Privacy Interest in Concorde
Villasenor moved to suppress evidence obtained as a result of law enforcement's seizure of his 1993 Chrysler Concorde and installation of a GPS tracking device and subsequent tracking of the Concorde. The trial court denied the motion. It concluded that Villasenor did not have a reasonable expectation of privacy in the Concorde because he disassociated himself from the Concorde to avoid having it connected to him in the event it was discovered during its use in the drug trafficking. Villasenor argues, on appeal, that the trial court's denial of the motion to suppress was error because Villasenor owned the Concorde and therefore had a privacy interest in it. We agree with the trial court that, under the circumstances of this case, Villasenor did not have a legitimate expectation of privacy in the Concorde.8
A. Facts and Procedure
On March 21, 2002, Villasenor sent his brother, Raymond, to Grass Valley to purchase a 1993 Chrysler Concorde that Villasenor had read about in a newspaper advertisement. He gave Raymond money, about $3,000 in cash, for the purchase. Villasenor did not sign any paperwork for the car and his name was not listed on the pink slip. Raymond's name was listed on the pink slip and the release of liability. Villasenor did not register the car with the Department of Motor Vehicles, and he did not obtain insurance under his name. He followed this procedure because he intended to use the car to transport controlled substances and he did not want the car associated with himself in any way. He knew that Duarte, the load car driver, would be taking the car to Texas, and he did not want the car to be associated with him if Duarte was caught and the car was searched.9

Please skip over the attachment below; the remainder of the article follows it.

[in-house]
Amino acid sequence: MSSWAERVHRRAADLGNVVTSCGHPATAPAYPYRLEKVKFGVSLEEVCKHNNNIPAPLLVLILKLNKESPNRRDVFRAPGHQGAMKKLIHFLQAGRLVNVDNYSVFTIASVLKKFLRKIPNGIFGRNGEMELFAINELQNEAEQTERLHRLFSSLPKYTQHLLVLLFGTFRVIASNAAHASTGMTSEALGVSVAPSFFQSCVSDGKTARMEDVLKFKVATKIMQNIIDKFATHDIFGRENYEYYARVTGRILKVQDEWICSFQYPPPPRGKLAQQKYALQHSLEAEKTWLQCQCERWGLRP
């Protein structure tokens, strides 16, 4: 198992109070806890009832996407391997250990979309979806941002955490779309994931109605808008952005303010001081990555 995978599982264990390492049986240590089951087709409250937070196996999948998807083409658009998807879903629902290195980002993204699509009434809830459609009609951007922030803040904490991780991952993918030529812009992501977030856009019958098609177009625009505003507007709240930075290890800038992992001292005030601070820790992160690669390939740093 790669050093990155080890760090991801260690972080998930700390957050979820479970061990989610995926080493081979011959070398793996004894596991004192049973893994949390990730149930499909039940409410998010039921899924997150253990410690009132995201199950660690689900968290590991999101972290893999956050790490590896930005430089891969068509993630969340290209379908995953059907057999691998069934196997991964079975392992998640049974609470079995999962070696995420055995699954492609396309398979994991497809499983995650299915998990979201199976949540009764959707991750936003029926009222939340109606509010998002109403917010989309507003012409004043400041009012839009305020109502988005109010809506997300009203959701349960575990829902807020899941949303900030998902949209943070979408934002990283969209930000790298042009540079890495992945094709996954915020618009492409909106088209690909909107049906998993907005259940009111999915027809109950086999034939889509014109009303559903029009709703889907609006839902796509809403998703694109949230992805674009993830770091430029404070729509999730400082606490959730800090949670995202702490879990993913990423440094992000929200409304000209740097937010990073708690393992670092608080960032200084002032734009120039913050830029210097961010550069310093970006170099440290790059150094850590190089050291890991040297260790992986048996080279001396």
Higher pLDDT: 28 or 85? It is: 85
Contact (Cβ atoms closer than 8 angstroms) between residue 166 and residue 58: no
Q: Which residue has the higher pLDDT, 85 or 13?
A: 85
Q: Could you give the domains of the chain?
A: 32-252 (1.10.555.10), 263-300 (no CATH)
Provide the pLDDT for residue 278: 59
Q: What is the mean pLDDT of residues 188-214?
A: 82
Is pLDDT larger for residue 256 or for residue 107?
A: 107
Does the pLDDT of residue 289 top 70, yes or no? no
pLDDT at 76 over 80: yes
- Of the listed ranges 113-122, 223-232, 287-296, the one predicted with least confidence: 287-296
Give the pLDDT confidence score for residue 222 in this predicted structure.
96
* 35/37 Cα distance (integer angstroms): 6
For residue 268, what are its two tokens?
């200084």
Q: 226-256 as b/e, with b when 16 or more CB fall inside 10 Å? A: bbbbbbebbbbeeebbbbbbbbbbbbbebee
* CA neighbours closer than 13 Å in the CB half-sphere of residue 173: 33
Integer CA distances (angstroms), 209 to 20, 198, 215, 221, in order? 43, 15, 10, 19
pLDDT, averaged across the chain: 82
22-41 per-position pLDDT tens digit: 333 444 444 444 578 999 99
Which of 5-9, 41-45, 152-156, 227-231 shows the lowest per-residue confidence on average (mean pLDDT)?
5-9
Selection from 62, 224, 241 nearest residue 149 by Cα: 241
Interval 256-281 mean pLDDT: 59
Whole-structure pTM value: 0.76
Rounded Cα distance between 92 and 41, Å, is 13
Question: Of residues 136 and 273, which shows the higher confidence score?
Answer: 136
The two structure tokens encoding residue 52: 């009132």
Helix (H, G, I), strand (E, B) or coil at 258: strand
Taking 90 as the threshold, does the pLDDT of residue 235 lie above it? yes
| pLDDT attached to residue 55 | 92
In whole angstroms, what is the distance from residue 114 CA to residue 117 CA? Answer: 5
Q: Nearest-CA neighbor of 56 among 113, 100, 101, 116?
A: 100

Through its investigation of Villasenor's drug-related activities, the Sacramento County Sheriff's Department concluded Villasenor and his coconspirators would use the Concorde as a load car to transport controlled substances. On this basis, the trial court issued a search warrant authorizing entry into the Concorde and installation of a GPS tracking device. The warrant also authorized the tracking device to remain in place for 10 days to transmit information to law enforcement and delayed for 10 days the sheriff's department's duty to notify the owner of the search.